The effects dazzle, though never at the expense of the story. It's Hanks who brings comedy and unforced humanity to the literary conceit of Forrest, though the slim actor scarcely resembles the 6-foot-6-inch, 240-pound bruiser of the book. In the Army, Forrest saves his captain (Gary Sinise), whose legs are later amputated, and the captain resents him. Forrest is everything we admire in the American character, honest, brave, loyal, and the film's fierce irony is that nobody can stay around him for long. He knows the limits of a holy fool who can't understand the hypocrisy of postwar America that this mischievous epic so powerfully reveals. The peace-love pretensions of the '60s are impaled as neatly as the greed decades that follow.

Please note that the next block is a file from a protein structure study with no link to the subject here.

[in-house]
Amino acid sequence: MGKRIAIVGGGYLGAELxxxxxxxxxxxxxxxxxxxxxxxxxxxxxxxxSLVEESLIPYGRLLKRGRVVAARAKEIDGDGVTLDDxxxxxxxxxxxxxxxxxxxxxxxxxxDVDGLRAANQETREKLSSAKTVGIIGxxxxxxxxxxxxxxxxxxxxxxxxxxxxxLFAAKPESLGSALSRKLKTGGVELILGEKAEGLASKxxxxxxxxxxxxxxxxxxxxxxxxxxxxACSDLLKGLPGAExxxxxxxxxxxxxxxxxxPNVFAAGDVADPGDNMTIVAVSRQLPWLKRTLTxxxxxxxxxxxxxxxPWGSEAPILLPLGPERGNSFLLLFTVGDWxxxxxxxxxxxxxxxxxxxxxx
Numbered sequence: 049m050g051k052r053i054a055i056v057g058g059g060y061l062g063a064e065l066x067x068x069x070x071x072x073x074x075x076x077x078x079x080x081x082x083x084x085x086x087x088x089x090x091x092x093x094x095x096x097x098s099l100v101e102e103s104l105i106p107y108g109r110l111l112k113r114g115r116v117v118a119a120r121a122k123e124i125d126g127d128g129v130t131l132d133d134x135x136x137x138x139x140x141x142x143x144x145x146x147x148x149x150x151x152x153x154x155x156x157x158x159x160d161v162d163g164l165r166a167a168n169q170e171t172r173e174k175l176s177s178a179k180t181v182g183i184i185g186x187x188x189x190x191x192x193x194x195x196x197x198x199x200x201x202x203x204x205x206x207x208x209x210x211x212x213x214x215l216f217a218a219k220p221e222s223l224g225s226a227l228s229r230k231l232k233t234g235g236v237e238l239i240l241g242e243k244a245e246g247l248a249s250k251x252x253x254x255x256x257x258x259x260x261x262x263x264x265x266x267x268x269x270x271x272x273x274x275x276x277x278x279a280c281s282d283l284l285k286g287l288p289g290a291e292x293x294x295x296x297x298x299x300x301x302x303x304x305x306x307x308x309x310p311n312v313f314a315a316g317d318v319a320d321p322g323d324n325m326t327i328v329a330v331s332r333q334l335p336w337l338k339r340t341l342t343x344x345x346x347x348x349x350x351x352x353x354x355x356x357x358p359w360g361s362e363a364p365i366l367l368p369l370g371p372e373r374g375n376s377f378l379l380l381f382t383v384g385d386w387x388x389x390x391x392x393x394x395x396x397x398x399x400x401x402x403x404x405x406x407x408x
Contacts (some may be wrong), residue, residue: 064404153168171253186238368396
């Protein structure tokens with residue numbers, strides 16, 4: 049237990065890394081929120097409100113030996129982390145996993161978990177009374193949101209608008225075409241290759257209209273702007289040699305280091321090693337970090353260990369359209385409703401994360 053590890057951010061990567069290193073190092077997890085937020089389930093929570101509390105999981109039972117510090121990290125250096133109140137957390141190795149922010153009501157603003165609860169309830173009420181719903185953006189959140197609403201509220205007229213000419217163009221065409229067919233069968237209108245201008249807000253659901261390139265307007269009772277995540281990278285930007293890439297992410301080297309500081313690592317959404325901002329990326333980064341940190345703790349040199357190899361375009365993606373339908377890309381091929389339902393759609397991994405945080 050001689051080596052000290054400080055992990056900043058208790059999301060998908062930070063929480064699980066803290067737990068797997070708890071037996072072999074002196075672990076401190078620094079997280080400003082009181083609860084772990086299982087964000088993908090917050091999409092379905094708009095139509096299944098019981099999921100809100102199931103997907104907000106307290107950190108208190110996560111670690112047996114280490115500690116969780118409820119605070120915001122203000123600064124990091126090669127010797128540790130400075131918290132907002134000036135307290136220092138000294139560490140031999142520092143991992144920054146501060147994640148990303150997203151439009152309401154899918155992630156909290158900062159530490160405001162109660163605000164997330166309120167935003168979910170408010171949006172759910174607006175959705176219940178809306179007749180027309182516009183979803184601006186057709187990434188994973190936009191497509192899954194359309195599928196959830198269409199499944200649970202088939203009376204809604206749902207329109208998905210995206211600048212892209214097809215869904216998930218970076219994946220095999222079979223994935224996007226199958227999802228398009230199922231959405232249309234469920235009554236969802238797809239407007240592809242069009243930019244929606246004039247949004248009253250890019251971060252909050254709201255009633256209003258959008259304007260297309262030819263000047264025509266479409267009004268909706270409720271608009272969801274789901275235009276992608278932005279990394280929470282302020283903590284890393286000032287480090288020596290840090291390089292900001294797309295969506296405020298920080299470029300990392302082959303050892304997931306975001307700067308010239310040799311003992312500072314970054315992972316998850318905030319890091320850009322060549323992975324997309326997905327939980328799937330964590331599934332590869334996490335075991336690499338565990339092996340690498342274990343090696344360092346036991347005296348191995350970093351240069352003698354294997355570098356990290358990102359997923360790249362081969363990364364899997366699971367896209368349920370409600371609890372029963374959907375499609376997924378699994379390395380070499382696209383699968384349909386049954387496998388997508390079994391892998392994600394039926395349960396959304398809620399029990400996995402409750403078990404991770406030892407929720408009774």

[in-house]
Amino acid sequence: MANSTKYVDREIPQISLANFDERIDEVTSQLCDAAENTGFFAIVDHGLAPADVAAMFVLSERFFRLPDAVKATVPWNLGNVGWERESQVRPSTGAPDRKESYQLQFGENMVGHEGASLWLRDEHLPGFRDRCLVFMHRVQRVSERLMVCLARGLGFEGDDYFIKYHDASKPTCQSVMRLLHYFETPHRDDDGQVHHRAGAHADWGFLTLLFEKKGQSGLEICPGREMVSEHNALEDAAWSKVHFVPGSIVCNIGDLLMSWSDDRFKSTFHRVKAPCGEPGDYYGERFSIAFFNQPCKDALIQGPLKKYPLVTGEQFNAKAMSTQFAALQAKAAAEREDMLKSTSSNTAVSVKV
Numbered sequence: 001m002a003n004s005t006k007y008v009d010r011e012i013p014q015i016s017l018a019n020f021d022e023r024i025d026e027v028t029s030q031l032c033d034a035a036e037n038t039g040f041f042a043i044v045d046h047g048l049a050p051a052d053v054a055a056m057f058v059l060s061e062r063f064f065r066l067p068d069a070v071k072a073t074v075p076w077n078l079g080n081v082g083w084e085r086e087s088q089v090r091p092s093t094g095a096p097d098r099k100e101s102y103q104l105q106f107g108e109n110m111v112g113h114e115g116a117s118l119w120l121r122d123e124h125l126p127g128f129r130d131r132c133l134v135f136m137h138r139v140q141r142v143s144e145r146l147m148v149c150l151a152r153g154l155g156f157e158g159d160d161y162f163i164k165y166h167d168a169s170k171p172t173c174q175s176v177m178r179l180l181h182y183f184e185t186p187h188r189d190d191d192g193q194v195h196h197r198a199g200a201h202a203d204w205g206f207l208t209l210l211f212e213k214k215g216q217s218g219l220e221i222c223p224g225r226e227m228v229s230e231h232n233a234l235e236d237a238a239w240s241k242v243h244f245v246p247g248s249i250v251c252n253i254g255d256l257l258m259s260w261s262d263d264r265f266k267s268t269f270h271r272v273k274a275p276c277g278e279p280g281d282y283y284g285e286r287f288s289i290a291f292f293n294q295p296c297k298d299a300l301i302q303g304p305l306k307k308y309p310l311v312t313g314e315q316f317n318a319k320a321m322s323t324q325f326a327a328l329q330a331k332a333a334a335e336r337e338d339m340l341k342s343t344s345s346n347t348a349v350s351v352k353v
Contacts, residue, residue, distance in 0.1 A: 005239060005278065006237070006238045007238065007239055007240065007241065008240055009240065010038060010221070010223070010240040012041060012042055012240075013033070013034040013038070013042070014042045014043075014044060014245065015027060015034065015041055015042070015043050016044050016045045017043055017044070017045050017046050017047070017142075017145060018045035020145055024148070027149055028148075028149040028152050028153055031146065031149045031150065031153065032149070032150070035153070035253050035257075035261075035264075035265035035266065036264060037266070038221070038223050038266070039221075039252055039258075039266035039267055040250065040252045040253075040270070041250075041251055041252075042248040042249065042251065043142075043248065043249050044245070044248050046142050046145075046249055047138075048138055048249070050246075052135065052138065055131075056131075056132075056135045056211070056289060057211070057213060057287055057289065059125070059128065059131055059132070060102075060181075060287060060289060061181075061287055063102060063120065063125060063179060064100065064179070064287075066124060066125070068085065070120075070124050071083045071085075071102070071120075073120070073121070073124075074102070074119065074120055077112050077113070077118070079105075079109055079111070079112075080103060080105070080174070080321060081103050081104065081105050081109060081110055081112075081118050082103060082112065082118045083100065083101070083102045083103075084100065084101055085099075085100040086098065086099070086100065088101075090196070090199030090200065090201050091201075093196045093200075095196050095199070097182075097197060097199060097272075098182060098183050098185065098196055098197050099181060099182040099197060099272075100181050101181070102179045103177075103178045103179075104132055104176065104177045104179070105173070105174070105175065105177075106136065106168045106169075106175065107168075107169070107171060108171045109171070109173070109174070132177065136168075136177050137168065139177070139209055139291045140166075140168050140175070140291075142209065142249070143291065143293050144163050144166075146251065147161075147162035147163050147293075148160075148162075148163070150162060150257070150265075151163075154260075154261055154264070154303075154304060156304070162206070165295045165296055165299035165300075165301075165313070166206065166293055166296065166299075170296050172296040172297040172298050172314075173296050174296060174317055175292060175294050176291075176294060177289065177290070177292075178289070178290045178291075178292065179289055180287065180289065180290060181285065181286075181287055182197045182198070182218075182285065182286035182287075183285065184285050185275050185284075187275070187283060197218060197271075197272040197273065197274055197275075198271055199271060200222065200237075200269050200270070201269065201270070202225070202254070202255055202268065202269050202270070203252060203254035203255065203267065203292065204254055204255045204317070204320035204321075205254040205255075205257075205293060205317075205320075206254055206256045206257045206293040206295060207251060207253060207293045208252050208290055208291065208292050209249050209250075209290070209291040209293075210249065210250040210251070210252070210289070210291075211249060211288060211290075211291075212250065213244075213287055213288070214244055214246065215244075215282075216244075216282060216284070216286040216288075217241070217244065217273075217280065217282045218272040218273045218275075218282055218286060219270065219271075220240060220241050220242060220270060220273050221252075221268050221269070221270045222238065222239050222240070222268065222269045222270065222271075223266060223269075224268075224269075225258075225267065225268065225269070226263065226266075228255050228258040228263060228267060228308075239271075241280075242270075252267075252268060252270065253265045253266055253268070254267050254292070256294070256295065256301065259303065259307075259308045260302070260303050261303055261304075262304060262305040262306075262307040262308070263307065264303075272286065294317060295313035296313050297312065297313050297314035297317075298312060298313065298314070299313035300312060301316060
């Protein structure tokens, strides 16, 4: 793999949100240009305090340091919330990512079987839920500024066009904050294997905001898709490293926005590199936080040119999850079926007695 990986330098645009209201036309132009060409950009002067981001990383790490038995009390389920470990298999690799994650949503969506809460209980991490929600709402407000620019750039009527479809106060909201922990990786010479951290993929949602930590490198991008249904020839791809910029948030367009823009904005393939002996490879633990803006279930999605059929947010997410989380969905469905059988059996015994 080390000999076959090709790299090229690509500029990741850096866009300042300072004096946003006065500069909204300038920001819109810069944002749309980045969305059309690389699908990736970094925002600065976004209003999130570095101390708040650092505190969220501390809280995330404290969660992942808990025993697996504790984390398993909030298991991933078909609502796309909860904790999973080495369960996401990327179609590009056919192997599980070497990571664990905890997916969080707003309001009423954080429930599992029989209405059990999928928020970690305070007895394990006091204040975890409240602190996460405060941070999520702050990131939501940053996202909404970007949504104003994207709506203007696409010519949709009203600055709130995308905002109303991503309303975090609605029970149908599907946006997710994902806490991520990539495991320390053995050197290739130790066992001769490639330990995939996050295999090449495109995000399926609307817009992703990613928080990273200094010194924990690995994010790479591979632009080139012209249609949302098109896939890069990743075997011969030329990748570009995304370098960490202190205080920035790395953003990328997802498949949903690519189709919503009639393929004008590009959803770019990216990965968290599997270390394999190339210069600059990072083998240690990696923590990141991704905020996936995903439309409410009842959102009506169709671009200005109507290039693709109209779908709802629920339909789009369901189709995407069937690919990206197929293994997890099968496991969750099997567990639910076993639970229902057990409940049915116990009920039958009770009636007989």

Overall it is an excellent movie that demonstrates the life of a determined personnel that leaves important lessons for audiences of all ages. What I liked about this movie is the deep concept and moral teachings that the movie has for the audience.
Source: Youtube, IMDB